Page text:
©AlexFilz . Noa architects . AEON

The Aeon Wellness Hotel by noa* Sets a New Precedence for Hospitality Design

Project Details
  • Project name: Aeon
  • Typology: Hotel, wellness
  • Location: Soprabolzano, South Tyrol (Italy)
  • Client: Ramoser Family
  • Architecture: noa* network of architecture
  • Interior Design: noa* network of architecture
  • Construction start: January 2021
  • Completion: July 2021
  • Intervention: New construction
  • Volume: 9.722 cub.m
  • Surface area: 3.157 sqm
  • Photographs: Alex Filz
  • Photographs drone: Andrea Dal Negro

Boundaries – between past and future, between dream and reality, between inside and outside: noa* makes the invisible lines visible, which become part of the full picture and, above all, instead of a separation, a connection between two worlds.

It is a privilege to have the space to realize one’s own vision, nestled between one’s own
meadows and woods, with an expanse that affords views from the Sciliar to the Rittner Horn,
all the way to the Merano Alps and the Dolomites. The historic Lobishof, a perfect ensemble
of an old inn, residential house, and traditional barn, is now writing the next chapter of
its history with the next generation – one in which noa* has created the new, architectural


From the very beginning, the 550-year-old farm turned out to be a valuable source of
inspiration for the development process of the project, whose horizons allow one to look
far and wide. In order to create a certain spatial analogy from the site’s history, a
gentle bond was made to its past, through the layout of the building units and details –
the entire volume of the new buildings is consciously modeled on the existing structure.

“The creation of an ambivalent tension between the centuries-old tradition of the
rural complex and an exclusively modern statement was the basic principle underlying
the design process,”

architect Christian Rottensteiner in describing the initial approaches to the concept.

It would have been easy to simply go wild on the famous “green meadow.” But noa* chose a
different path: the design consists of freestanding bodies that allow the landscape to flow
through and become part of it. The result is two buildings, one hosting the public area
with a reception, bistro, bar, and wellness area, the other the private area with a total
of 15 guest suites.

“The gentle topography we found and the arrangement of open and at the same time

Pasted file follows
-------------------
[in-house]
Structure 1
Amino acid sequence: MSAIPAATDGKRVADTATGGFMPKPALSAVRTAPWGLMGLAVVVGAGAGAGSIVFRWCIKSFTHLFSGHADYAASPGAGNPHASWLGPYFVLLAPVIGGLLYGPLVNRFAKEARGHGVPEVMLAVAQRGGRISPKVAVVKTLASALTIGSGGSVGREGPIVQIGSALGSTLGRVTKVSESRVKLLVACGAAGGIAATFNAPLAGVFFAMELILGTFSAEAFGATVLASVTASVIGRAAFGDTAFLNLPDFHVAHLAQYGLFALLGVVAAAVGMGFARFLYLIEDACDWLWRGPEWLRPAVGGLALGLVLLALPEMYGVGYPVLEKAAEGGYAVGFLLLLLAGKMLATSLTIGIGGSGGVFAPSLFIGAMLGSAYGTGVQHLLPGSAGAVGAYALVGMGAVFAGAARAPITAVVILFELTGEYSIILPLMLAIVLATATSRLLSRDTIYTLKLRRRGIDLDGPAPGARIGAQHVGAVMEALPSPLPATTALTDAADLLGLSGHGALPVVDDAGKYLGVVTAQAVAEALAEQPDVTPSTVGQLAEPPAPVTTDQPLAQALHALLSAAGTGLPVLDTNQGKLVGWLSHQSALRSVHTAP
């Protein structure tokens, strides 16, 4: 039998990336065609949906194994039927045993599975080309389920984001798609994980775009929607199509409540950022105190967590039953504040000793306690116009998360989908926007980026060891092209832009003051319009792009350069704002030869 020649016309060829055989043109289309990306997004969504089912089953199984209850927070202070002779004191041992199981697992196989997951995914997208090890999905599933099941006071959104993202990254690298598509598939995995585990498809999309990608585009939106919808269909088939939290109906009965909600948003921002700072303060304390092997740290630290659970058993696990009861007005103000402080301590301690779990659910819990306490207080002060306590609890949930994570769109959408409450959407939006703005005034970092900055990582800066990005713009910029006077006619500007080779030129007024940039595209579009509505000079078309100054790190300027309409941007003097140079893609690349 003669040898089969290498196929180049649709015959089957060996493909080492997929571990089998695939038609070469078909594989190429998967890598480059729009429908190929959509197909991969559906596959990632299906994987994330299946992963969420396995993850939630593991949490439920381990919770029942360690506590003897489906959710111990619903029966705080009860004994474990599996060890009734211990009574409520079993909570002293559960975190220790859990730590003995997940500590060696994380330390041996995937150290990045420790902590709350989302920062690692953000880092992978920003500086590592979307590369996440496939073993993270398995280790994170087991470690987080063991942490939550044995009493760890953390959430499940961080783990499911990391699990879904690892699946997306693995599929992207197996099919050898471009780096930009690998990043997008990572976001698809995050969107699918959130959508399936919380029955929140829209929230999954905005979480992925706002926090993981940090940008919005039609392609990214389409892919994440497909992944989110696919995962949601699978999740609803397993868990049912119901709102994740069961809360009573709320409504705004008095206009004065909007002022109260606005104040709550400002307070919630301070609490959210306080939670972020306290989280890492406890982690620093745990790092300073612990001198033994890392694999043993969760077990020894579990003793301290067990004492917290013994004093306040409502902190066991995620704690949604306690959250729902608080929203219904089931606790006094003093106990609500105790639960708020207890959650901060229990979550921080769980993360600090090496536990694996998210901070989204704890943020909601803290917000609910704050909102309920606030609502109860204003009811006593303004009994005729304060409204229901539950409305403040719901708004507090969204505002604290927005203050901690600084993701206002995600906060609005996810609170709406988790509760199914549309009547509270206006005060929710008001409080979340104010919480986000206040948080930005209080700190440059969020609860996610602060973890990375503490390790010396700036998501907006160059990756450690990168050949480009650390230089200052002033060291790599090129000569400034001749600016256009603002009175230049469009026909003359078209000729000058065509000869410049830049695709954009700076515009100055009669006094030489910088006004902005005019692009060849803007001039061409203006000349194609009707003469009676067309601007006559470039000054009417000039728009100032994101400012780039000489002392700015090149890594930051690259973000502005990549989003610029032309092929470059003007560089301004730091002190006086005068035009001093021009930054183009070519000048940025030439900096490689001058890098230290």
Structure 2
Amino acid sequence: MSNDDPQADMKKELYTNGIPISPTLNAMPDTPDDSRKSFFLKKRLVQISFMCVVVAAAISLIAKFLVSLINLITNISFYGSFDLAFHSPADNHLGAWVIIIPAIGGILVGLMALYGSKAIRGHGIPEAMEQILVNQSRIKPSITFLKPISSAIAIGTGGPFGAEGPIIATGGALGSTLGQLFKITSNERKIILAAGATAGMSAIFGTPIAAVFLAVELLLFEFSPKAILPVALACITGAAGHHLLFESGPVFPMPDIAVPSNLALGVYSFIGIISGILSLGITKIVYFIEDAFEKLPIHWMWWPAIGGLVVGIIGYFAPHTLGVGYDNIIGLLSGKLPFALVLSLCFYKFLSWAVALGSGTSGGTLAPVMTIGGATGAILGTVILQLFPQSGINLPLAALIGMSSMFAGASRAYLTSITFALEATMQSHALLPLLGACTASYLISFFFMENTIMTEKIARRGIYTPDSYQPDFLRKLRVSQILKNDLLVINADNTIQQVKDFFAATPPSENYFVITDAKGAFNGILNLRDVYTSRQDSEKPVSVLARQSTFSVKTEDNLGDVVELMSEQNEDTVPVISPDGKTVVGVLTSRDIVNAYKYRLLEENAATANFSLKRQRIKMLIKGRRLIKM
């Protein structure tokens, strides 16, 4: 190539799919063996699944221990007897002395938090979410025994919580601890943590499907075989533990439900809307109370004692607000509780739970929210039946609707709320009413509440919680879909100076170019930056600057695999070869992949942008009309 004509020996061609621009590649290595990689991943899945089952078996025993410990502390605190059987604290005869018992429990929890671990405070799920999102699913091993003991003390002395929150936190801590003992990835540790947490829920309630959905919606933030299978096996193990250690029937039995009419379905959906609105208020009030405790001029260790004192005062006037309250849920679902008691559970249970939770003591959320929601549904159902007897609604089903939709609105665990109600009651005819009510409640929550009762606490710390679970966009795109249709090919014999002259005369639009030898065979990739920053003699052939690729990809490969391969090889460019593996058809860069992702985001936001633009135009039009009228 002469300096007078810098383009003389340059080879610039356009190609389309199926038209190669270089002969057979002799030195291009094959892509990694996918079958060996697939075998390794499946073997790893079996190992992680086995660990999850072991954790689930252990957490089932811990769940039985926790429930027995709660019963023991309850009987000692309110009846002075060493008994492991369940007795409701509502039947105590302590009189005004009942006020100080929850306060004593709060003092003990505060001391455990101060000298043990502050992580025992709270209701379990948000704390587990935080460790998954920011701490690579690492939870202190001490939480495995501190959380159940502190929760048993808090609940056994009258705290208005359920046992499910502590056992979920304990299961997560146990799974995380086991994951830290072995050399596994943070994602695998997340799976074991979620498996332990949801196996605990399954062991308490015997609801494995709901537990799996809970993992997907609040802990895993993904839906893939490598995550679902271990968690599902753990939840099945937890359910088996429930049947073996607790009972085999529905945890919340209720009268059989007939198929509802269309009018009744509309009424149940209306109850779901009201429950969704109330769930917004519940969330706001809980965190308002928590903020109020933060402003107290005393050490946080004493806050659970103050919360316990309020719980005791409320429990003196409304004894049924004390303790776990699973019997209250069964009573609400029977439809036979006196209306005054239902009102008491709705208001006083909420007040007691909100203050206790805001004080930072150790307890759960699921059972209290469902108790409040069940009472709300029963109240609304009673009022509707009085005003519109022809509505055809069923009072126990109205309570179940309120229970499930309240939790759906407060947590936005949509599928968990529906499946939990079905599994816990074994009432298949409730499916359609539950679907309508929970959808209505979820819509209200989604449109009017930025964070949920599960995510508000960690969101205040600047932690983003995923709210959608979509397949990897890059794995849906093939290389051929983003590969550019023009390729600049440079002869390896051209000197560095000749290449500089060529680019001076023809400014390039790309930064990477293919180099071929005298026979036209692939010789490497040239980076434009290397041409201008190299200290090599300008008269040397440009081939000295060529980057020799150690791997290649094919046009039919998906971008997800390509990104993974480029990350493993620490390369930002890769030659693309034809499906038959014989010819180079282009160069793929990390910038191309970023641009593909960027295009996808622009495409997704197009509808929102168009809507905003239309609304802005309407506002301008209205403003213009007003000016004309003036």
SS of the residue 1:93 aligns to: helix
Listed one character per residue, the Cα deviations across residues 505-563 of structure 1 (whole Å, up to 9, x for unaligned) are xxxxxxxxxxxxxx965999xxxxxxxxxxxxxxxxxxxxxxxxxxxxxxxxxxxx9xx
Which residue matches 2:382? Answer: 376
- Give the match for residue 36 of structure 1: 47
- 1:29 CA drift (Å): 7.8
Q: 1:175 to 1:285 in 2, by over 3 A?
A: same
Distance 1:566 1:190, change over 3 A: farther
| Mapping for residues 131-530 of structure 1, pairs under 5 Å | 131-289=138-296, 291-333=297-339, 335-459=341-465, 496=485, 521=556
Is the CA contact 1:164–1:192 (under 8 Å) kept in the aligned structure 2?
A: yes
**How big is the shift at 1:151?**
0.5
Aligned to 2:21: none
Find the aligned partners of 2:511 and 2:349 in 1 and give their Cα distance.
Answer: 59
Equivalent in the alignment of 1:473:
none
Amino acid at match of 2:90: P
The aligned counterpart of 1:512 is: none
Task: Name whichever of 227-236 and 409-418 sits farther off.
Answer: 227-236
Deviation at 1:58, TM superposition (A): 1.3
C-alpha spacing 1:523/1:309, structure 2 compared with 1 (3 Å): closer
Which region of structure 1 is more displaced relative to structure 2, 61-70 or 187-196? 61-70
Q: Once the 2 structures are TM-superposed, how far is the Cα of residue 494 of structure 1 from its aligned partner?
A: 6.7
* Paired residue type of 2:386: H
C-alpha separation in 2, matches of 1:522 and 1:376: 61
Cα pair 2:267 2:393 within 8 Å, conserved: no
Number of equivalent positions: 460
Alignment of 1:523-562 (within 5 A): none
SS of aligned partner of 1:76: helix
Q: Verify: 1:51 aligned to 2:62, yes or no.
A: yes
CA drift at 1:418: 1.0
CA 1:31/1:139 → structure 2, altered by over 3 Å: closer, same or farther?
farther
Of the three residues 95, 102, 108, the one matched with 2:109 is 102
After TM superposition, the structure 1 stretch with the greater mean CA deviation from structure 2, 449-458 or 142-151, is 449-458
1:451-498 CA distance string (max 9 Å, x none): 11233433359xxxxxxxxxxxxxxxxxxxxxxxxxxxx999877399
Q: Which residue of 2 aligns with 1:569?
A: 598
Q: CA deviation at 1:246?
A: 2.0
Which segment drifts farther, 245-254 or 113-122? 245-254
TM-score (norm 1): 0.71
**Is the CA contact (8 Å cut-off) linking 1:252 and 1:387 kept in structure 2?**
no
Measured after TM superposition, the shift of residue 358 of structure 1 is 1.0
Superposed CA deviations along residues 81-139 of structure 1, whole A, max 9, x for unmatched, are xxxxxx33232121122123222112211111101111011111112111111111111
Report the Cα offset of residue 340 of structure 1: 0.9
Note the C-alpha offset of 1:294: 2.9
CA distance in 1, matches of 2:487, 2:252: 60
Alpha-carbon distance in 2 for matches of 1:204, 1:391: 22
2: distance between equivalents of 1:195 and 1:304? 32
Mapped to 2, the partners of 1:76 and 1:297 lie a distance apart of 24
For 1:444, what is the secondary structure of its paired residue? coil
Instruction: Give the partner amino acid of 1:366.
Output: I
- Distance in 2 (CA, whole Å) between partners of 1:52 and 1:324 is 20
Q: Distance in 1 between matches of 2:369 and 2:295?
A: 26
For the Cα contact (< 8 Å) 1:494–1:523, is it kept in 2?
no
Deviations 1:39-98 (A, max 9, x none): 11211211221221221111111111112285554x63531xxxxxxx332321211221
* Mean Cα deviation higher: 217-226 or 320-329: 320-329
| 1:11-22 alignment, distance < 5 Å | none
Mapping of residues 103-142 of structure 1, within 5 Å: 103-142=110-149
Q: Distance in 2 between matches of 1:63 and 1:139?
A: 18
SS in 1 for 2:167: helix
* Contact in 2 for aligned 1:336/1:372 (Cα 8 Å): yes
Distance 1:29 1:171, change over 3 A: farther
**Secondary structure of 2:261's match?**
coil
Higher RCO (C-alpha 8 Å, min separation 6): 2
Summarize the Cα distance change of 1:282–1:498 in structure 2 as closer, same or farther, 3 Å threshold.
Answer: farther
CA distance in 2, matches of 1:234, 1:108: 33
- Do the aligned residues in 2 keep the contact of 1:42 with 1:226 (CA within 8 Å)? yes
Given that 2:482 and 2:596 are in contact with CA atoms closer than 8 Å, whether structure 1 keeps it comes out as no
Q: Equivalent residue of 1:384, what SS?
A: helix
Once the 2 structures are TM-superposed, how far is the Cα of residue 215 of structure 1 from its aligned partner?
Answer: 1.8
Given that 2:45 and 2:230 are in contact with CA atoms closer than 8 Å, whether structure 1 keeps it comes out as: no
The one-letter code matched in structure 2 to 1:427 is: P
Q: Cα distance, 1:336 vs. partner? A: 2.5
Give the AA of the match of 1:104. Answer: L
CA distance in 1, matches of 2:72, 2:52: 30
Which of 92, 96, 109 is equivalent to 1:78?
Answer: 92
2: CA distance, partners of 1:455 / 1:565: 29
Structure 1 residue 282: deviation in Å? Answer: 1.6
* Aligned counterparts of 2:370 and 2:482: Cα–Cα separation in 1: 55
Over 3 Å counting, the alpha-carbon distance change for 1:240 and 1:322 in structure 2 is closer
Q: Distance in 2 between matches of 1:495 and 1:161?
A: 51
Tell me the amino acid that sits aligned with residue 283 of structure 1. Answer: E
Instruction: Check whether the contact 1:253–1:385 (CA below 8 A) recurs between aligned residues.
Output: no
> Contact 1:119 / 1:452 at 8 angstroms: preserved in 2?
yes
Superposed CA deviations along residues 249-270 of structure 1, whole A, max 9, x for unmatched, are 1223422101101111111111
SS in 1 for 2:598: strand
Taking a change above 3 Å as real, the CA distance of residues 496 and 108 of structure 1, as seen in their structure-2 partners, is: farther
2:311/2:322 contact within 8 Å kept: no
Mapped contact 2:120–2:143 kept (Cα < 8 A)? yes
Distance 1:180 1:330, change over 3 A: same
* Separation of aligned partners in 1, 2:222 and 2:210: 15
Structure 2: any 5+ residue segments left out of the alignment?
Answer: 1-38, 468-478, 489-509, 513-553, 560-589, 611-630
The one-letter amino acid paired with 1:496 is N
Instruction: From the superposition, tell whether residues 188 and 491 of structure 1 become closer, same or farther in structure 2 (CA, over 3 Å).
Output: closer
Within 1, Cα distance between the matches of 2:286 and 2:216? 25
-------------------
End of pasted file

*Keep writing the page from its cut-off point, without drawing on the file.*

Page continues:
protected outdoor spaces conditioned the layout of the individual building volumes,”

Christian Rottensteiner in explaining the architectural concept.

At first glance, they appear singular and together they form a permeable courtyard context.
However, there is an ingenious connection, a hallway that elegantly vanishes under an
artificially created hill – hence disappearing out of sight.


The two buildings also establish a strong bond with the existing structures in their design
language. You can find traditional gable roofs, as well as a very dynamic façade design
with reinforcing slanted elements, that replicate the design of the struts and brackets of
the historically listed barn while translating them into a modern statement. This allows
the facades to be perceived differently – depending on how one approaches the edifice. This
way, the east and west façades break strongly towards the outside, while the north and
south sides appear as a homogeneous envelope. The trapezoid windows catch the eye in a
striking way. The upper, slatted structure that stretches over the entire length of the
building almost disguises the stories and create a homogeneous appearance.

“Verticality and linearity are the leitmotivs of two strongly contrasting design
approaches – at times creating the feeling of floating between worlds.” – Christian

The entire project takes life from its many sophisticated details and stories, which always
revolve around the family and the place where the project unfolds. For example, wood from
the farm’s own woods was used. The renewable raw material makes the architecture accessible
and underscores its vitality through the projections and recesses that create exciting
shadows. Guests enter the building through an entrance portal made of black steel, which
bears the family’s old coat of arms from 1464 on the outside.

“The ‘slope’ is traditionally an element for load transfer and static reinforcement – here
it was used to make the volume more dynamic and to make it merge with the landscape,”

Christian Rottensteiner, sharing his thoughts on the design approach.


Stepping through the steel front door through the entrance area, one experiences an intense
and extraordinary breakthrough, an immersion into something that atmospherically represents
the future – because the entire interior is characterized by a colorful, horizontal dichotomy: A soft beige – communicates feelings of being grounded, familiar, delicateness –
meets a mystical blue that embodies the future, the mysterious, the uncertain. This
expressive, clear-cut division line is consistently drawn through both buildings – once
horizontally, once vertically.